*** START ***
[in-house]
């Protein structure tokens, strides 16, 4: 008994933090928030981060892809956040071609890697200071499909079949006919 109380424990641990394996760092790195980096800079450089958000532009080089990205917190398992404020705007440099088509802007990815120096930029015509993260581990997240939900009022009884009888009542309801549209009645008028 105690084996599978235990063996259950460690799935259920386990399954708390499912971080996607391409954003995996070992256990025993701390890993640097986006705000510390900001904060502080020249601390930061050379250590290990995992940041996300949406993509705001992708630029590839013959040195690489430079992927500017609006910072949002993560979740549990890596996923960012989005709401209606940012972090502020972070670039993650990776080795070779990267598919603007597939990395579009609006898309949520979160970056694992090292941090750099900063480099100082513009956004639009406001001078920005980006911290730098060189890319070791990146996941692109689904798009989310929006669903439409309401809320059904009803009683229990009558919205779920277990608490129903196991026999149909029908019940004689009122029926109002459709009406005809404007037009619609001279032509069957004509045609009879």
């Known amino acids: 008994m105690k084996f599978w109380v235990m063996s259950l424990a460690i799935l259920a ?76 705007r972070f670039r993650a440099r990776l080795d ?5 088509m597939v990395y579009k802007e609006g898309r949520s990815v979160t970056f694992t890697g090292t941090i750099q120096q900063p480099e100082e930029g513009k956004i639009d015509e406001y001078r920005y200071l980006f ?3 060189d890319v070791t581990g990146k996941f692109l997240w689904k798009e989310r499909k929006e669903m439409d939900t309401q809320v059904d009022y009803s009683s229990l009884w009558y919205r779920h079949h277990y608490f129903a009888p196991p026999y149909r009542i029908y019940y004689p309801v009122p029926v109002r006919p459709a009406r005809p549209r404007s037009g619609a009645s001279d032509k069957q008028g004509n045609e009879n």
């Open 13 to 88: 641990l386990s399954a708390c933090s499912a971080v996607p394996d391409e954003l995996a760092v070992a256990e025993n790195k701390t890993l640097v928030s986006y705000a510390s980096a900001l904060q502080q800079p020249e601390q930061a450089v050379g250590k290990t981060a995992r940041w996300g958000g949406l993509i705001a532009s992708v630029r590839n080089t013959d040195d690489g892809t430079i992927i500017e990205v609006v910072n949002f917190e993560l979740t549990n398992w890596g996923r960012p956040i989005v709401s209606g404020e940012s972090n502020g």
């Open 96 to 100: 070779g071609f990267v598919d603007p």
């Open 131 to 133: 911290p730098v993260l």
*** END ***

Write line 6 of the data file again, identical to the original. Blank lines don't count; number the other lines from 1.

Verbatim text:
């Open 131 to 133: 911290p730098v993260l």